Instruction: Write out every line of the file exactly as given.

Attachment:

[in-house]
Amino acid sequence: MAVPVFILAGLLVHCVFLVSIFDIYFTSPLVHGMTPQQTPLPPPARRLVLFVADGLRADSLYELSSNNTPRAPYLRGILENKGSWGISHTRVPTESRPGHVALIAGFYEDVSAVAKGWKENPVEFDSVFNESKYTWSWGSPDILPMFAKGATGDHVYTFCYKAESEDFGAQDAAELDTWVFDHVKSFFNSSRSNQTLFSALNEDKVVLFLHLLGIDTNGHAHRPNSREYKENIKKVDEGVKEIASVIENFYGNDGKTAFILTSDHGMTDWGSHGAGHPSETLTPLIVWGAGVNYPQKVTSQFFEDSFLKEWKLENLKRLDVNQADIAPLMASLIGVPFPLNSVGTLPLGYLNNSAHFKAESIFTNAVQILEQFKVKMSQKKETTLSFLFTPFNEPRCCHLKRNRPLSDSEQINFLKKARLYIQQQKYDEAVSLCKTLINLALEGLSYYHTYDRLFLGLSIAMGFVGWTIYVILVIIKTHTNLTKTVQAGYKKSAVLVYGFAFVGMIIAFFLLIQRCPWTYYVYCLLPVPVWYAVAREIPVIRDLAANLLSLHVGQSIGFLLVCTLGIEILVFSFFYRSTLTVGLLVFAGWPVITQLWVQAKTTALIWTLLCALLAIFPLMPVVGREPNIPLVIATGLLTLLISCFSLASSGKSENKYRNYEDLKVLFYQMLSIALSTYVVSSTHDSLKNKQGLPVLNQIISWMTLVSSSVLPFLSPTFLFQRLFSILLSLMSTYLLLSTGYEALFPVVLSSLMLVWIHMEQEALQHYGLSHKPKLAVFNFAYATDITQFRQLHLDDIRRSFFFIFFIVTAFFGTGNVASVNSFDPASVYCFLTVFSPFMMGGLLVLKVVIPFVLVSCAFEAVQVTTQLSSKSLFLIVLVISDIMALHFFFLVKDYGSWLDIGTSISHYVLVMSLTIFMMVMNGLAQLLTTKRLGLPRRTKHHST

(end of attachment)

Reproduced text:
[in-house]
Amino acid sequence: MAVPVFILAGLLVHCVFLVSIFDIYFTSPLVHGMTPQQTPLPPPARRLVLFVADGLRADSLYELSSNNTPRAPYLRGILENKGSWGISHTRVPTESRPGHVALIAGFYEDVSAVAKGWKENPVEFDSVFNESKYTWSWGSPDILPMFAKGATGDHVYTFCYKAESEDFGAQDAAELDTWVFDHVKSFFNSSRSNQTLFSALNEDKVVLFLHLLGIDTNGHAHRPNSREYKENIKKVDEGVKEIASVIENFYGNDGKTAFILTSDHGMTDWGSHGAGHPSETLTPLIVWGAGVNYPQKVTSQFFEDSFLKEWKLENLKRLDVNQADIAPLMASLIGVPFPLNSVGTLPLGYLNNSAHFKAESIFTNAVQILEQFKVKMSQKKETTLSFLFTPFNEPRCCHLKRNRPLSDSEQINFLKKARLYIQQQKYDEAVSLCKTLINLALEGLSYYHTYDRLFLGLSIAMGFVGWTIYVILVIIKTHTNLTKTVQAGYKKSAVLVYGFAFVGMIIAFFLLIQRCPWTYYVYCLLPVPVWYAVAREIPVIRDLAANLLSLHVGQSIGFLLVCTLGIEILVFSFFYRSTLTVGLLVFAGWPVITQLWVQAKTTALIWTLLCALLAIFPLMPVVGREPNIPLVIATGLLTLLISCFSLASSGKSENKYRNYEDLKVLFYQMLSIALSTYVVSSTHDSLKNKQGLPVLNQIISWMTLVSSSVLPFLSPTFLFQRLFSILLSLMSTYLLLSTGYEALFPVVLSSLMLVWIHMEQEALQHYGLSHKPKLAVFNFAYATDITQFRQLHLDDIRRSFFFIFFIVTAFFGTGNVASVNSFDPASVYCFLTVFSPFMMGGLLVLKVVIPFVLVSCAFEAVQVTTQLSSKSLFLIVLVISDIMALHFFFLVKDYGSWLDIGTSISHYVLVMSLTIFMMVMNGLAQLLTTKRLGLPRRTKHHST